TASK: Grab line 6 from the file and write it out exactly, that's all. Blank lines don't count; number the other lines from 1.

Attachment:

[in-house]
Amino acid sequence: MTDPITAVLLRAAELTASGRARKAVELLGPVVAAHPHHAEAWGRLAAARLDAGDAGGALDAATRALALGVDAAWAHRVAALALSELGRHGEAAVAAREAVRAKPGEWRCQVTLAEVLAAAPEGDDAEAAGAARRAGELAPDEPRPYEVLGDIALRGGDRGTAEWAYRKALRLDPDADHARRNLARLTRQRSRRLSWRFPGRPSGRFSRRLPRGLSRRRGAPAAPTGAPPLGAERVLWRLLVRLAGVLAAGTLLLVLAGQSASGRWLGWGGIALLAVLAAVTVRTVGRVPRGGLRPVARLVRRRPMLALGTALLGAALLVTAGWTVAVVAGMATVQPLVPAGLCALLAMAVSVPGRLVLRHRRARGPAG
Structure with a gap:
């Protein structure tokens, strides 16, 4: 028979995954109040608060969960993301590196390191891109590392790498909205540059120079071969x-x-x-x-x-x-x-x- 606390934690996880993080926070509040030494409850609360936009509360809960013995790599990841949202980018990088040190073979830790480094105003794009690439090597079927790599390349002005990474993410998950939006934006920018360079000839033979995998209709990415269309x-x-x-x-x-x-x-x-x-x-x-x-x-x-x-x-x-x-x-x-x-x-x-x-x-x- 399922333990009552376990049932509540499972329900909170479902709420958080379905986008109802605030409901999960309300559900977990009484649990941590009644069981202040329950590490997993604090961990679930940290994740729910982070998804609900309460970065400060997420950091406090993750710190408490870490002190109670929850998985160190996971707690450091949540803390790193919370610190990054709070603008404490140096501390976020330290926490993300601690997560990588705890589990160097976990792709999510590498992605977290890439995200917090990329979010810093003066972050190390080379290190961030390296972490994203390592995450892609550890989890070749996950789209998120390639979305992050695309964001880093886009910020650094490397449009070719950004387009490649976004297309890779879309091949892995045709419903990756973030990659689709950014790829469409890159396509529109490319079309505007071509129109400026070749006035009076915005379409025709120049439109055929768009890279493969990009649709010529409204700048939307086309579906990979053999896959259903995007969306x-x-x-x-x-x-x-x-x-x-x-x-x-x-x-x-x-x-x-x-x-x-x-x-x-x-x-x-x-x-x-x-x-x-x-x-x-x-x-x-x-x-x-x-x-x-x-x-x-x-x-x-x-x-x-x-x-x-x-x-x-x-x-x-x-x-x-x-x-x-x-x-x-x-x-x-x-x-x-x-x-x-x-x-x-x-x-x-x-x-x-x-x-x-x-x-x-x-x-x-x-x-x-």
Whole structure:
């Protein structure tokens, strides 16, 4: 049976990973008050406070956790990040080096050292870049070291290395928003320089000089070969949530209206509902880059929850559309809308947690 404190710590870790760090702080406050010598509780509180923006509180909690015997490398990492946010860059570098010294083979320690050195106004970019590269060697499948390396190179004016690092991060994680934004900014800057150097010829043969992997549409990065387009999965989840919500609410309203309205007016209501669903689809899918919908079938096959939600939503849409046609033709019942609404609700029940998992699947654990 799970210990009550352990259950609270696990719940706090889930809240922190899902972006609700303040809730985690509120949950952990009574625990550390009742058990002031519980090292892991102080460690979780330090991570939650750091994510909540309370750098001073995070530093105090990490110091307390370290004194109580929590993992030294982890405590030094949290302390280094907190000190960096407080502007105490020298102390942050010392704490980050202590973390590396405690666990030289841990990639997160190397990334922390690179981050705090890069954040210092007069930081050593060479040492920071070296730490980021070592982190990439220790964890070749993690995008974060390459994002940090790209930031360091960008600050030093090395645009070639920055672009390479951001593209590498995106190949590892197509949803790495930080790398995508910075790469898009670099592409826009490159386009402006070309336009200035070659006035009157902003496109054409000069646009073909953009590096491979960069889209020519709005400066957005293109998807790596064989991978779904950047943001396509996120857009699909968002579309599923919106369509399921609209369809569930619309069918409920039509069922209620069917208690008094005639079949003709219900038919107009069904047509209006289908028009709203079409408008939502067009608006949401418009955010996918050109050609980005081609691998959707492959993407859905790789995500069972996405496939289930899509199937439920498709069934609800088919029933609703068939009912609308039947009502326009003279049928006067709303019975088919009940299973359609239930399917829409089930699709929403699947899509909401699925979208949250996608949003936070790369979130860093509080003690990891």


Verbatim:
């Protein structure tokens, strides 16, 4: 049976990973008050406070956790990040080096050292870049070291290395928003320089000089070969949530209206509902880059929850559309809308947690 404190710590870790760090702080406050010598509780509180923006509180909690015997490398990492946010860059570098010294083979320690050195106004970019590269060697499948390396190179004016690092991060994680934004900014800057150097010829043969992997549409990065387009999965989840919500609410309203309205007016209501669903689809899918919908079938096959939600939503849409046609033709019942609404609700029940998992699947654990 799970210990009550352990259950609270696990719940706090889930809240922190899902972006609700303040809730985690509120949950952990009574625990550390009742058990002031519980090292892991102080460690979780330090991570939650750091994510909540309370750098001073995070530093105090990490110091307390370290004194109580929590993992030294982890405590030094949290302390280094907190000190960096407080502007105490020298102390942050010392704490980050202590973390590396405690666990030289841990990639997160190397990334922390690179981050705090890069954040210092007069930081050593060479040492920071070296730490980021070592982190990439220790964890070749993690995008974060390459994002940090790209930031360091960008600050030093090395645009070639920055672009390479951001593209590498995106190949590892197509949803790495930080790398995508910075790469898009670099592409826009490159386009402006070309336009200035070659006035009157902003496109054409000069646009073909953009590096491979960069889209020519709005400066957005293109998807790596064989991978779904950047943001396509996120857009699909968002579309599923919106369509399921609209369809569930619309069918409920039509069922209620069917208690008094005639079949003709219900038919107009069904047509209006289908028009709203079409408008939502067009608006949401418009955010996918050109050609980005081609691998959707492959993407859905790789995500069972996405496939289930899509199937439920498709069934609800088919029933609703068939009912609308039947009502326009003279049928006067709303019975088919009940299973359609239930399917829409089930699709929403699947899509909401699925979208949250996608949003936070790369979130860093509080003690990891």